120 North Edgefield Avenue is “not your basic investor flip,” says Realtor Diane Sherman. Indeed, no one would put that label on any home restored by Wayne Woods.
One look at the detail put into crafting moldings, restoring the original hardware, and maximizing living and storage space and you know this house was brought back to life by someone who understands what Craftsman homes are all about.
But it’s what you don’t see that “infuses these houses with incredible longevity,” says Sherman. “Wayne Woods rode that tractor like a cowboy” to dig out dirt so that the house and garage foundations could be repaired, she says.
Woods stresses the importance of beginning any renovation by laying the right groundwork. “Most of the money and work in a proper redo is spent in the stuff you don’t see,” he says, “but it’s absolutely necessary.” He replaced the old knob and tube wiring, the galvanized water pipes and the clay tile sewer lines. He also reframed the house to get the original roof-line back. He laments that a lot of people seem to just want to slap on some paint and install new kitchen appliances when they initially purchase an older home, only to find out later that the doors and windows don’t close properly and the utilities are probably not up to code.
Sherman and Woods have been neighbors in Winnetka Heights for years. Knowing Woods’ contractor background and his passion for woodworking — he’s past president of the North Texas Woodworkers Guild — she urged him to invest in a property that had seen better times, and then to invest in another one. The Edgefield house is his third restoration in the neighborhood. As Woods puts it, “If I can’t pick up my toolbox and walk to work these days, I’m not much interested in going.”
The Craftsman heritage is evident throughout his latest work on Edgefield. Woods constructed the moldings and plinth blocks, crafted raised panels under the chair rails, and rebuilt the bookcases that flank the new fireplace. The old growth red heart pine floors are beautifully refinished. “Always salvage what you can,” says Woods. “Even old homes can be restored with ‘green building’ in mind.” He used old cabinets and other wood found on the property to create the bathroom vanities and the moveable kitchen island. Outdoor walkways are made of bricks from the badly leaning original fireplace which couldn’t be saved.
Homes constructed in the early 1900s didn’t have air conditioning, but Woods did his research and took a cue from the original builders, moving walls around and installing transoms for better air circulation. Open the ventilated side panel doors leading to the backyard deck and turn on the rebuilt attic fan to let the breeze cool you off on a warm summer evening. Since homes of that period weren’t insulated, he removed the old wallpaper and shiplap siding and added insulation behind the sheetrock. And Woods built the double sash windows himself, shortening the windows in the dining room to allow for better furniture placement.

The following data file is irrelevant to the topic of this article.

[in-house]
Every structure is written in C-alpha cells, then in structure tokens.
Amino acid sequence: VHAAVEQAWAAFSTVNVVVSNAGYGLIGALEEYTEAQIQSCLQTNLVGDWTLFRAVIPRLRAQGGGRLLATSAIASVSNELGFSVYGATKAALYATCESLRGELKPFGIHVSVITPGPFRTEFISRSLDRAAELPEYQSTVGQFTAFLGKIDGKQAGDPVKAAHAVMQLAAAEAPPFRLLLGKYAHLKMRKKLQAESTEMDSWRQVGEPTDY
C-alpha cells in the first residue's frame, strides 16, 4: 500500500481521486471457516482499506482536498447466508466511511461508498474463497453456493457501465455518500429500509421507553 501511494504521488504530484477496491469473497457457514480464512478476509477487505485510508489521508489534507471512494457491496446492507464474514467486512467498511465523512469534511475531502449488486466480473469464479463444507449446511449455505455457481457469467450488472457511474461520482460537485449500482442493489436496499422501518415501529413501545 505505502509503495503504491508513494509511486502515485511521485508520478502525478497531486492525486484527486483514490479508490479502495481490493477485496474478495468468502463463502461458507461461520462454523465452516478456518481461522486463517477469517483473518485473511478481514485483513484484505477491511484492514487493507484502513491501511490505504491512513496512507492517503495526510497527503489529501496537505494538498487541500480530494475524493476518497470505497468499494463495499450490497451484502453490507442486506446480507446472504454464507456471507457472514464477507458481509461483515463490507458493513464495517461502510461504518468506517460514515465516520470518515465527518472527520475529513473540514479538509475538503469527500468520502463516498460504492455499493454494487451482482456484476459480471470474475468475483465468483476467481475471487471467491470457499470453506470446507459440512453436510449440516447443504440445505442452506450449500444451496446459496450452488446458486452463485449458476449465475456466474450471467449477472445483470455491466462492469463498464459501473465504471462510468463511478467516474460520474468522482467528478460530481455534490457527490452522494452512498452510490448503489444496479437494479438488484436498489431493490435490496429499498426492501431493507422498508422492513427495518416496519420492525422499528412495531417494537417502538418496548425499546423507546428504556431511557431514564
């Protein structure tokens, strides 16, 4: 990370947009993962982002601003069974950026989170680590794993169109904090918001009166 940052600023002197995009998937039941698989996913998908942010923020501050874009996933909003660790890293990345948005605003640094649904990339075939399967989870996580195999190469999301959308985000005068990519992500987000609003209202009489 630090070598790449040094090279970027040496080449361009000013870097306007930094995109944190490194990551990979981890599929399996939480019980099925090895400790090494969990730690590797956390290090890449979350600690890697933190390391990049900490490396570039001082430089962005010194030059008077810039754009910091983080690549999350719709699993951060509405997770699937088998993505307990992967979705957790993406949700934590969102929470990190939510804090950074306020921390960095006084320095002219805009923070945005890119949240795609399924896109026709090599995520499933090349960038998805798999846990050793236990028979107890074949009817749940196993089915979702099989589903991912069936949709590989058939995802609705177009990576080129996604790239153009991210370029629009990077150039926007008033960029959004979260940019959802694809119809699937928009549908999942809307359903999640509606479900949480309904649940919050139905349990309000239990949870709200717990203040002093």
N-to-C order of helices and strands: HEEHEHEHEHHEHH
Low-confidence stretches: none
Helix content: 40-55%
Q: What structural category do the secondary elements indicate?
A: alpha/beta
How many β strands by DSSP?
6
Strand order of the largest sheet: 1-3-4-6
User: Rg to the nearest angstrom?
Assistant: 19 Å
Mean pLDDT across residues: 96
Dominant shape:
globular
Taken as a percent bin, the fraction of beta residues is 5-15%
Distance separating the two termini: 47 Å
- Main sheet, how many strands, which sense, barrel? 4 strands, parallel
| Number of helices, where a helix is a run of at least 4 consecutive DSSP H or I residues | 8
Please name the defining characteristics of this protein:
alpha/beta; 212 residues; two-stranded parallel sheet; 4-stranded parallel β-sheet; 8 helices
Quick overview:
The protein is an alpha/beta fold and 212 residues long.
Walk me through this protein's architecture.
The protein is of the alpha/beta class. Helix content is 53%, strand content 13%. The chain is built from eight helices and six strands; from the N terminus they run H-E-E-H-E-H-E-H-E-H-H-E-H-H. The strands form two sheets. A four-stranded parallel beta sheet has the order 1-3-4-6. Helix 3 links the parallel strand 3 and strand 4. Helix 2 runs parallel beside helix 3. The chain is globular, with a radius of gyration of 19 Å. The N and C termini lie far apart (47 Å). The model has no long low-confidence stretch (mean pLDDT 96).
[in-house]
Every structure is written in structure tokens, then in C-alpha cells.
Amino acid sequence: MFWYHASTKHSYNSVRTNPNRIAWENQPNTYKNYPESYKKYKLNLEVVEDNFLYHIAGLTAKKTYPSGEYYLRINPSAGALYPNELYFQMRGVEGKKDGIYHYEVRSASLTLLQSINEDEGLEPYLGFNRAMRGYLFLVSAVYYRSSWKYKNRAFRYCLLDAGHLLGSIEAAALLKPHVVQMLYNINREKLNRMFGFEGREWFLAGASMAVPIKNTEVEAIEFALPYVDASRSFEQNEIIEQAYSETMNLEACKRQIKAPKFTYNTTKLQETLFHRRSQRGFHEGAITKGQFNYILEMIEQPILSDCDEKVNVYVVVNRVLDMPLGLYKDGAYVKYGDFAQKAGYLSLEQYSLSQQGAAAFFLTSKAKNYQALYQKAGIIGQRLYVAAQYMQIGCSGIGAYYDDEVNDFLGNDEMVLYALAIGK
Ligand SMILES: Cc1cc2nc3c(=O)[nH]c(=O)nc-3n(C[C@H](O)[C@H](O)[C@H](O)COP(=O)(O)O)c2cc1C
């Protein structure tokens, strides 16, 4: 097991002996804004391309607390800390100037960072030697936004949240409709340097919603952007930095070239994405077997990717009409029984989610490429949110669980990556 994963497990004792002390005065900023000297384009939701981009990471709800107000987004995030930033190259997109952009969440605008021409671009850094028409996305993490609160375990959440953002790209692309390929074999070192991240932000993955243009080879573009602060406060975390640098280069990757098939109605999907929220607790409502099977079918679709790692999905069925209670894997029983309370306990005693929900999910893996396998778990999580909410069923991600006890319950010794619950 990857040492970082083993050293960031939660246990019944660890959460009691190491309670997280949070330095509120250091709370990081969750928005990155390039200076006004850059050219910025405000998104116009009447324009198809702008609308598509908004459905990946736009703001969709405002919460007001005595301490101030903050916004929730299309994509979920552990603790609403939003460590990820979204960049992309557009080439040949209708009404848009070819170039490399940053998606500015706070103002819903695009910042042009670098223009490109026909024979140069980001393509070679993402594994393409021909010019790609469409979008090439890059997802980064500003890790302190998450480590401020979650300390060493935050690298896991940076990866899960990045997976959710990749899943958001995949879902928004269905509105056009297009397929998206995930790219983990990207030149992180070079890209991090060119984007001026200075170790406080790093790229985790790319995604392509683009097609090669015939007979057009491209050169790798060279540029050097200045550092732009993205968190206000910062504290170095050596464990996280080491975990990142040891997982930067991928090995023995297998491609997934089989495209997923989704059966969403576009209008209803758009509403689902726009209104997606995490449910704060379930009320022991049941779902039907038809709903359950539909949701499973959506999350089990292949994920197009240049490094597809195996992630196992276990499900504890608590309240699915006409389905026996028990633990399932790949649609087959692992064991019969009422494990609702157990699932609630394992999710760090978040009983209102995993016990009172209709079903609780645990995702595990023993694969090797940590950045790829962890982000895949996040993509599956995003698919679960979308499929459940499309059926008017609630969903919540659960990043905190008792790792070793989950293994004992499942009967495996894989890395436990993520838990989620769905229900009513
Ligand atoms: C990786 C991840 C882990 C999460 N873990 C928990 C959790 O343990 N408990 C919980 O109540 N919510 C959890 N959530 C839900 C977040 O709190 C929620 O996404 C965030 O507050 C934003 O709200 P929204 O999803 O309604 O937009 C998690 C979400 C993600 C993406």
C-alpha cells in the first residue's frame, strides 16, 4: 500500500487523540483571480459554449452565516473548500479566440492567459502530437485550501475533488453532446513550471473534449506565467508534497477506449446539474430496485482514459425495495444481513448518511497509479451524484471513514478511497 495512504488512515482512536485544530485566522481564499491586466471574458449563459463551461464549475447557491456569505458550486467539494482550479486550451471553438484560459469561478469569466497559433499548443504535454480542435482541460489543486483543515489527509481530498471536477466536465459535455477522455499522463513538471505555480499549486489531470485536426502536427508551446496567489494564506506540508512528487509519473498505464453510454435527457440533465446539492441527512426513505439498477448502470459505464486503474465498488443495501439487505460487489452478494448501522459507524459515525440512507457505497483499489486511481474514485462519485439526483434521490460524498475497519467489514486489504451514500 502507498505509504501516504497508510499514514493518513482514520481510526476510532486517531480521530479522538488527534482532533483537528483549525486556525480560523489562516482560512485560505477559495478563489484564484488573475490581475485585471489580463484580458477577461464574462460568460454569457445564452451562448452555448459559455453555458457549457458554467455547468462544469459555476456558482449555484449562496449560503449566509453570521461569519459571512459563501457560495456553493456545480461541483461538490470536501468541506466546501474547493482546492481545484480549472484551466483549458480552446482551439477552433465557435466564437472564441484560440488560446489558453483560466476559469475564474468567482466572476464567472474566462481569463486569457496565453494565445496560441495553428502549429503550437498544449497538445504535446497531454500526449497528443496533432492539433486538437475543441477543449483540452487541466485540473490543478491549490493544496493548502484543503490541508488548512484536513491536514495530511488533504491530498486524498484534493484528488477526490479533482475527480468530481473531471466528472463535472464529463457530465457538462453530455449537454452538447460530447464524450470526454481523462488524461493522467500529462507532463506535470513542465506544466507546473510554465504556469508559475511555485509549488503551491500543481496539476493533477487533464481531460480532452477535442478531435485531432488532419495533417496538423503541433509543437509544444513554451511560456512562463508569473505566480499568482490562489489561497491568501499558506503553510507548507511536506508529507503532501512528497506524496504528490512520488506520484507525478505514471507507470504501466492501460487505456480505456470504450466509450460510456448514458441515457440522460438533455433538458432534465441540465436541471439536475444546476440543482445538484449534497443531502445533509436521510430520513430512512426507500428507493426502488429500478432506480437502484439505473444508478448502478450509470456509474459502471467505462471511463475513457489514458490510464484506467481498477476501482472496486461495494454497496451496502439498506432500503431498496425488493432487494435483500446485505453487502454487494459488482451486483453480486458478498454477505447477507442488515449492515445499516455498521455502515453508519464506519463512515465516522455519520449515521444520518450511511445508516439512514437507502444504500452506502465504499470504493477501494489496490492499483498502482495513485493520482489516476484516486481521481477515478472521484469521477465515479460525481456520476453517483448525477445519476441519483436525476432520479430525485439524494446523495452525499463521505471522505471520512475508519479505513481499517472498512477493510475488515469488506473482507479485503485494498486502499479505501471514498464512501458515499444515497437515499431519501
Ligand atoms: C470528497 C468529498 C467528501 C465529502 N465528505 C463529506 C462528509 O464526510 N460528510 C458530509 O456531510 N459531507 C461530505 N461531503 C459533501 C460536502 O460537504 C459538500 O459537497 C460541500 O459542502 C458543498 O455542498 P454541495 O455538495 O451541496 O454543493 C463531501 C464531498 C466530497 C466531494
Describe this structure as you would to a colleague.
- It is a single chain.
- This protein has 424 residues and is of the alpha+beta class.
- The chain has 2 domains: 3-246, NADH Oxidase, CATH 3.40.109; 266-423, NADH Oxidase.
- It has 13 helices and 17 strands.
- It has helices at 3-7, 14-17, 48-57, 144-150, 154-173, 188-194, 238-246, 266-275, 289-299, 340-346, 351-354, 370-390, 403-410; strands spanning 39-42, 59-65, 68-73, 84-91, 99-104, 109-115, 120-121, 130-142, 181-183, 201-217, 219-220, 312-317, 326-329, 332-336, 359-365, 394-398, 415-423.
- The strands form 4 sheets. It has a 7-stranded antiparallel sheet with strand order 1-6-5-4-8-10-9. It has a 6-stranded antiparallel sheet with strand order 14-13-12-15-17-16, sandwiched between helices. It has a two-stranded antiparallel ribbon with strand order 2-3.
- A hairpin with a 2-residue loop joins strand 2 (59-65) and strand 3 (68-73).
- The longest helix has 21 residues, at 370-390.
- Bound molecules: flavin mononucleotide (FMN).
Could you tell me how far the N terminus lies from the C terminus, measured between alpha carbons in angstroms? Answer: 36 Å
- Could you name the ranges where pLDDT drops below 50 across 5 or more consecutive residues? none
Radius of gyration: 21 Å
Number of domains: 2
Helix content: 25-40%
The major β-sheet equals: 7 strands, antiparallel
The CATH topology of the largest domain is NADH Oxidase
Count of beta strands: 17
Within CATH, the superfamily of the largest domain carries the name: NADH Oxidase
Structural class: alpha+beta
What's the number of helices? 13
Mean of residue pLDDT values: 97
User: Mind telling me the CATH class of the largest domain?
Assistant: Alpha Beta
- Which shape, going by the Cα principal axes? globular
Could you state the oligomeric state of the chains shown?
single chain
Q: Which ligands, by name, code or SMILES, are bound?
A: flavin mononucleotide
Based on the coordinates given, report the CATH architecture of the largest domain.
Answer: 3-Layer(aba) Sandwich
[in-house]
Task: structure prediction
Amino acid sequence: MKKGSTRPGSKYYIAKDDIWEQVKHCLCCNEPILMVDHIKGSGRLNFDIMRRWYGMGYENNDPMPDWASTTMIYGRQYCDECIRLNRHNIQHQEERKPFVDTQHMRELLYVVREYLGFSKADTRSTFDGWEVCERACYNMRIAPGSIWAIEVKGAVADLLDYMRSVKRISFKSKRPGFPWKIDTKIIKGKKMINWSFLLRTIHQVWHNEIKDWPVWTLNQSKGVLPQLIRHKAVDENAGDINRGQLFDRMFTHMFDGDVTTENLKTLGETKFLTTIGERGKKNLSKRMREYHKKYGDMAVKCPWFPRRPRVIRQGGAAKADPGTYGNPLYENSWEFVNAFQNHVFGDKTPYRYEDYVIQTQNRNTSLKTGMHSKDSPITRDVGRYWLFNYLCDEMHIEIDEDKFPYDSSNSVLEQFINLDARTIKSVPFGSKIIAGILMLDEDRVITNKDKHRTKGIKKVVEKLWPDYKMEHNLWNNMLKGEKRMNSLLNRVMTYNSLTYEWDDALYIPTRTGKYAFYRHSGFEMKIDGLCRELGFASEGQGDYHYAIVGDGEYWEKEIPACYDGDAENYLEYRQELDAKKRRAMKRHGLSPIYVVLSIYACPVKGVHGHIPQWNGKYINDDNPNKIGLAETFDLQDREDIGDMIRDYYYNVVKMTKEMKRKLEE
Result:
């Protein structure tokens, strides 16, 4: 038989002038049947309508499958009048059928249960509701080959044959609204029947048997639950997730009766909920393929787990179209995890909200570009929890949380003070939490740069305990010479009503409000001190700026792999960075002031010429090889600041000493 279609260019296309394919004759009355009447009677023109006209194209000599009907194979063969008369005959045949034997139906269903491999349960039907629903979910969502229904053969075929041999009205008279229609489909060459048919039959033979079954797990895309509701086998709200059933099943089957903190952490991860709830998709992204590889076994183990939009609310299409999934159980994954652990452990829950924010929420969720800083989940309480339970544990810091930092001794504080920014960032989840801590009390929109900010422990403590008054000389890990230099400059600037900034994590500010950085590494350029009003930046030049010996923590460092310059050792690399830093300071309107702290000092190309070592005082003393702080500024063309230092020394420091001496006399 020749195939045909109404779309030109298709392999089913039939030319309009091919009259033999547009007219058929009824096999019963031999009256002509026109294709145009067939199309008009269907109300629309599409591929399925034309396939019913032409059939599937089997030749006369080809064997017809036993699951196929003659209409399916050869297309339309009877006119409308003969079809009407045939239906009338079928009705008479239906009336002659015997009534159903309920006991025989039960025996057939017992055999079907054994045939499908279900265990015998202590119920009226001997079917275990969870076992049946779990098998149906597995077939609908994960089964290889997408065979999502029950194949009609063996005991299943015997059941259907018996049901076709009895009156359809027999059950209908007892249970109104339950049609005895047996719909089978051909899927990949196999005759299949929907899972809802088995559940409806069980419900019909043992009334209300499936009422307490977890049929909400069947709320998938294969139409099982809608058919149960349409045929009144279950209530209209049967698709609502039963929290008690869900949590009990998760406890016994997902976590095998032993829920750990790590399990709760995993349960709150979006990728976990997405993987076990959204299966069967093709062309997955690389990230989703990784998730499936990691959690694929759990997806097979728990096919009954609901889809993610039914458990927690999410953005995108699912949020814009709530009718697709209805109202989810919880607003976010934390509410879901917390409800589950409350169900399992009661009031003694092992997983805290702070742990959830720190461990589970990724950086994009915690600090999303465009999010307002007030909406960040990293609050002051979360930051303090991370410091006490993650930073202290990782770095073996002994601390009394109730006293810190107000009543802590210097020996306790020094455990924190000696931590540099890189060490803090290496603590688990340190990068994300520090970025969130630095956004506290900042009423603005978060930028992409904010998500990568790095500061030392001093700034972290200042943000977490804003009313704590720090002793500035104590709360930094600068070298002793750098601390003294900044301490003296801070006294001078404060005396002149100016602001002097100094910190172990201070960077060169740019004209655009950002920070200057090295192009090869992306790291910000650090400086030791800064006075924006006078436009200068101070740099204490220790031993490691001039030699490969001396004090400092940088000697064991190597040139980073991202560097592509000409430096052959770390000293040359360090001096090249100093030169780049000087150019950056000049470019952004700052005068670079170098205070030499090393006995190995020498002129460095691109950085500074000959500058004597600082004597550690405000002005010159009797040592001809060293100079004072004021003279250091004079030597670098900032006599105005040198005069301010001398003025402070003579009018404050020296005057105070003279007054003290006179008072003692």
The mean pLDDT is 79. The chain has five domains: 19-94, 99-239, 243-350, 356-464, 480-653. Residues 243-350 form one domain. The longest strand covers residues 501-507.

While respecting the integrity of the period, Woods doesn’t forget modern life with his knack for creating storage space. He overhauled the closets to maximize space and substituted a pocket door for easier access to the utility room. From the period-appropriate plate rails in the dining room to overhead shelves in the bathrooms, Woods recognizes the need for places to put all the stuff of life.
Woods continued his detailed restoration by enlarging the kitchen for practicality as well as entertaining. It has a view of the pergola covered deck, whimsically decorated with hand-carved cactus leaves. Woods says he couldn’t resist adding them, an homage to his love of woodwork.
The garage was a beast to restore, he reports. It had to be dug out of the earth, lifted almost three feet, re-roofed, and given a new concrete floor. Woods says most people would have knocked it down and started over, and he almost wishes he’d done that, given the tremendous amount of work required to make it functional again. However, he couldn’t bring himself to raze the old growth pine, a wood that can’t be found today and has amazing strength and durability.
Sherman helps with the aesthetics, advising on a color scheme mindful of the period and the surrounding houses. Woods says neighbors also stop by to offer suggestions, but often “the house tells me what it wants.” Wavy glass in a chandelier makes enticing shadows and matches the dimpled glass in the bedroom windows.
Woods is the recipient of the first Ruth Chenoweth Preservation award in recognition of his outstanding work on all three of his Winnetka Heights restorations, including 417 North Montclair and 324 South Montclair. The Chenoweth award is given “not annually, but on an ‘as deserved’ basis,” says Sherman, adding, “We couldn’t think of a more worthy honoree.”
Wedaresay pretty much everyone in the neighborhood rejoices when they see a Wayne Woods Construction sign. We’re anxious to see where the next one pops up.
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